A slow infusion of ketamine for pain control was as effective as IV push, with less sedation and far fewer patients having a feeling of unreality.
Why does this matter?
Ketamine is highly effective for pain control and may be used as an adjunct to opioids, but it has the side effect of causing patients to feel detached from reality – which is not a good feeling. Giving it by slow IV infusion controlled pain just as well but without that nasty side effect.
Special K infusion
This was a small but well done RCT of 48 patients presenting to the ED with painful conditions and pain score >5. Ketamine 0.3mg/kg was given either by IV push (5 minutes) or slow infusion (given over 15 minutes). Pain score was reduced the same in each group. The infusion group had marked reduction in feeling of unreality and was less sedated compared to the IV push group.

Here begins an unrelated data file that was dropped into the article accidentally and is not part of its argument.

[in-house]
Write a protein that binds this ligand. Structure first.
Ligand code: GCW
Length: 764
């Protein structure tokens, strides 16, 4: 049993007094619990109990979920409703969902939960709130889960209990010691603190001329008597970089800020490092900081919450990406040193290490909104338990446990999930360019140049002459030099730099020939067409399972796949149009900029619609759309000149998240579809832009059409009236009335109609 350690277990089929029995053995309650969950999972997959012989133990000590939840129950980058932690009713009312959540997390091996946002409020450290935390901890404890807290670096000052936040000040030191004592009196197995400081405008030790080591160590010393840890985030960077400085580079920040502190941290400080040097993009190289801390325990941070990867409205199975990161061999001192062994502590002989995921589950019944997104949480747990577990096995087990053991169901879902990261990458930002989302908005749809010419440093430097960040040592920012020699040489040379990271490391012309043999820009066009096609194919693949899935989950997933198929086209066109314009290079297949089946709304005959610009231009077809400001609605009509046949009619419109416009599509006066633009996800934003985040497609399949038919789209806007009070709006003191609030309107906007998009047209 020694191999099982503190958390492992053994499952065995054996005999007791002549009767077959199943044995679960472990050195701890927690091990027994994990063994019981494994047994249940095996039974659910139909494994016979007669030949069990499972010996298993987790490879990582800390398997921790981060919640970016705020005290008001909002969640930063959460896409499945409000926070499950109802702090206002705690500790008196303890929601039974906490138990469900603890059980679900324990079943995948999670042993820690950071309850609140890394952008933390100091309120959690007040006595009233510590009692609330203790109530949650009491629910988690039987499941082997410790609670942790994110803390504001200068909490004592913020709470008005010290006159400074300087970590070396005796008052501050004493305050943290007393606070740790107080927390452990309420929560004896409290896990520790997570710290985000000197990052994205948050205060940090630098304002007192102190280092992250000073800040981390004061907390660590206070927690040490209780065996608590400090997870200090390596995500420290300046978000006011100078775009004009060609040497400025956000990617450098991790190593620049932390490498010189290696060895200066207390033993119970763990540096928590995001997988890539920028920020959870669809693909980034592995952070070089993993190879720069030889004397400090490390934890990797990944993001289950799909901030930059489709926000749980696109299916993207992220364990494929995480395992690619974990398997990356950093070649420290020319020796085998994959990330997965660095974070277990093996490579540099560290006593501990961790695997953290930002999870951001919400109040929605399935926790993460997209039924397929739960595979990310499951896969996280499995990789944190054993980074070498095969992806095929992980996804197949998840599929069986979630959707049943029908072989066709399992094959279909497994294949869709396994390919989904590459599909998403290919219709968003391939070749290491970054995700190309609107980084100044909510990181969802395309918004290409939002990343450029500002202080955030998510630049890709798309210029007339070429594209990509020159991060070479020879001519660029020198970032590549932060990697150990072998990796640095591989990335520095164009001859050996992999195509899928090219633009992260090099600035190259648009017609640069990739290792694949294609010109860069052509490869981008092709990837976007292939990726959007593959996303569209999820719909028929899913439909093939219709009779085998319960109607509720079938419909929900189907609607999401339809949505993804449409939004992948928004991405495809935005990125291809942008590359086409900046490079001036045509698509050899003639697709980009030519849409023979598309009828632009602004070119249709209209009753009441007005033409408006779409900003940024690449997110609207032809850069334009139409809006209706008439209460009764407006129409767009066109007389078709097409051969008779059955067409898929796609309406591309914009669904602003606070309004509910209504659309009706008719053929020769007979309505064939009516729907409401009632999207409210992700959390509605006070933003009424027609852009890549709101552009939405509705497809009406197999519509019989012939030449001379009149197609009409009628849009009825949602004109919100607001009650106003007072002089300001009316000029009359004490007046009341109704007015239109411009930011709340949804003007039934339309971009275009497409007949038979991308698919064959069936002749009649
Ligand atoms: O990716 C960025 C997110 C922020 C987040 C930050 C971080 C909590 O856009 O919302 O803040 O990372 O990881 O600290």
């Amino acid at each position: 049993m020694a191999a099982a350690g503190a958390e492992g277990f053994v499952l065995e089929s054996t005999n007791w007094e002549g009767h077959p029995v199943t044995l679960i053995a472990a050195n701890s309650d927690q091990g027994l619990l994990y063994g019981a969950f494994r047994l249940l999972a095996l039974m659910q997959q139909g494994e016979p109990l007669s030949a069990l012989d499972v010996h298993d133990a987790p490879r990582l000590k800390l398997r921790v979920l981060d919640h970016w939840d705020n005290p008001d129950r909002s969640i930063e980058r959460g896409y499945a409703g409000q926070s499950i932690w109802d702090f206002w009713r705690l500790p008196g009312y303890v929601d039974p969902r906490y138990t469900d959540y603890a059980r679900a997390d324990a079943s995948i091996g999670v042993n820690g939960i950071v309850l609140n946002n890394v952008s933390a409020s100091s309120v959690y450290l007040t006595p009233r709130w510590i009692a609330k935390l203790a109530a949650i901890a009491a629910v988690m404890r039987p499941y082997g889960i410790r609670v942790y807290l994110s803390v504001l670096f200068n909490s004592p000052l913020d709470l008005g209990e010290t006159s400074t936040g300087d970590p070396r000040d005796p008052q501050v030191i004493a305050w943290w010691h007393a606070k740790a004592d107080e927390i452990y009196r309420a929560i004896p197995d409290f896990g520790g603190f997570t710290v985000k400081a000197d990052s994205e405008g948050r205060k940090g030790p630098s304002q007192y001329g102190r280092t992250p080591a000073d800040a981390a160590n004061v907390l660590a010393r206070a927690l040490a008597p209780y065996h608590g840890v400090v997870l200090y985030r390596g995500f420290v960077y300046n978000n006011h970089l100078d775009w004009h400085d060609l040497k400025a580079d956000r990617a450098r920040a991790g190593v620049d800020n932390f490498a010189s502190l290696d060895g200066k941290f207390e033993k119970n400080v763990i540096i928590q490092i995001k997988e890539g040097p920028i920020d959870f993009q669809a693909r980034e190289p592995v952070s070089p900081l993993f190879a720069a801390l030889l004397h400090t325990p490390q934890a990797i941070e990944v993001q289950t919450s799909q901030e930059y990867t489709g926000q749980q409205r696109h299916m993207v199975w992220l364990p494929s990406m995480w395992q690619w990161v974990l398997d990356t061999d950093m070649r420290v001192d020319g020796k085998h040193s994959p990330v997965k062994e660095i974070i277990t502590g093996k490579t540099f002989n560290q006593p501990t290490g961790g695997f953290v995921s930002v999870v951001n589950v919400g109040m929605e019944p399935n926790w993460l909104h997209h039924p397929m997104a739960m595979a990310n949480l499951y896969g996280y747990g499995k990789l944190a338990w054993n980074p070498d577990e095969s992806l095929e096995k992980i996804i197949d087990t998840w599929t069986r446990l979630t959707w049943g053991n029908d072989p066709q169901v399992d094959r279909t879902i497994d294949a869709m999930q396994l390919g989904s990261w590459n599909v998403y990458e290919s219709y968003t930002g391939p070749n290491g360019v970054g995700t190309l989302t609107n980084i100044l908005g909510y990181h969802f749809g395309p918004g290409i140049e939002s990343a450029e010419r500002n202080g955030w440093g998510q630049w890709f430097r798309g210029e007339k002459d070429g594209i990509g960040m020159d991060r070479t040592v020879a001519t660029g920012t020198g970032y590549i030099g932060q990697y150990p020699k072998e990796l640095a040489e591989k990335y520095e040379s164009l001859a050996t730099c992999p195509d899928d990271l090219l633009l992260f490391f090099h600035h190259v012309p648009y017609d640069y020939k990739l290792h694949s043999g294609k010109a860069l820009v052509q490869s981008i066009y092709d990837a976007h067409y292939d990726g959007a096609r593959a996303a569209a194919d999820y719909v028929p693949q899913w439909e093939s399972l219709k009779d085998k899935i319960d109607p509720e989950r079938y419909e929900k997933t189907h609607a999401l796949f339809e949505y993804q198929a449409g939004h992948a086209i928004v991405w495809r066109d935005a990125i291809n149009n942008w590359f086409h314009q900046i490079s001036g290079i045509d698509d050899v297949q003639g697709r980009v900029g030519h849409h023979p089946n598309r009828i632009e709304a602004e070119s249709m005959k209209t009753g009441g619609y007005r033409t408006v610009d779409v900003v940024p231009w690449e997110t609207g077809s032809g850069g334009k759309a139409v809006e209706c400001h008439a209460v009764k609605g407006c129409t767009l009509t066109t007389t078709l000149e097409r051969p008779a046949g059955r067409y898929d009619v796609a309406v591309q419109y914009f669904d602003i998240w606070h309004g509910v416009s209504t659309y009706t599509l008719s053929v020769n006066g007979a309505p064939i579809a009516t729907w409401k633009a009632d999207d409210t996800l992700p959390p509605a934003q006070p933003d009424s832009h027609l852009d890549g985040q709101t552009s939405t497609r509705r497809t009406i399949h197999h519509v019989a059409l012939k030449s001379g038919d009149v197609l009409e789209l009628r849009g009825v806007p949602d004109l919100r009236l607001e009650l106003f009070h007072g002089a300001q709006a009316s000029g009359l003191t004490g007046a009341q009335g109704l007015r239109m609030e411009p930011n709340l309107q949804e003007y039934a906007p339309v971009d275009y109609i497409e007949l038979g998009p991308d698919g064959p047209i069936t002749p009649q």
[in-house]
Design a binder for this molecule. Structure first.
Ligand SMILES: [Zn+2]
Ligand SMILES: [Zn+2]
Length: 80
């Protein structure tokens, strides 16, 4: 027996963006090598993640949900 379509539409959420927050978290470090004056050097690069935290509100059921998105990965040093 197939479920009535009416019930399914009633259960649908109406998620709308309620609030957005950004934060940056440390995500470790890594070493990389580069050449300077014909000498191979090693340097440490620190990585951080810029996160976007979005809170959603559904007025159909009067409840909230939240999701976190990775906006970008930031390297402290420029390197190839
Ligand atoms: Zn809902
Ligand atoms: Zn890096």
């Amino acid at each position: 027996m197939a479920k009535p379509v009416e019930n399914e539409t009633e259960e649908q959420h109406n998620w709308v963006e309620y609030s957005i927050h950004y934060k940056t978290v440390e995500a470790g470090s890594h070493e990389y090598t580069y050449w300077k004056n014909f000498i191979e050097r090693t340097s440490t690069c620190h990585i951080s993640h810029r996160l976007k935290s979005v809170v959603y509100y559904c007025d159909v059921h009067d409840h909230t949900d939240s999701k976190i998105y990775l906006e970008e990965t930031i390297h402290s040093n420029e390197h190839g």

A prospective randomized, double-dummy trial comparing IV push low dose ketamine to short infusion of low dose ketamine for treatment of pain in the ED. Am J Emerg Med. 2017 Aug;35(8):1095-1100. doi: 10.1016/j.ajem.2017.03.004. Epub 2017 Mar 3.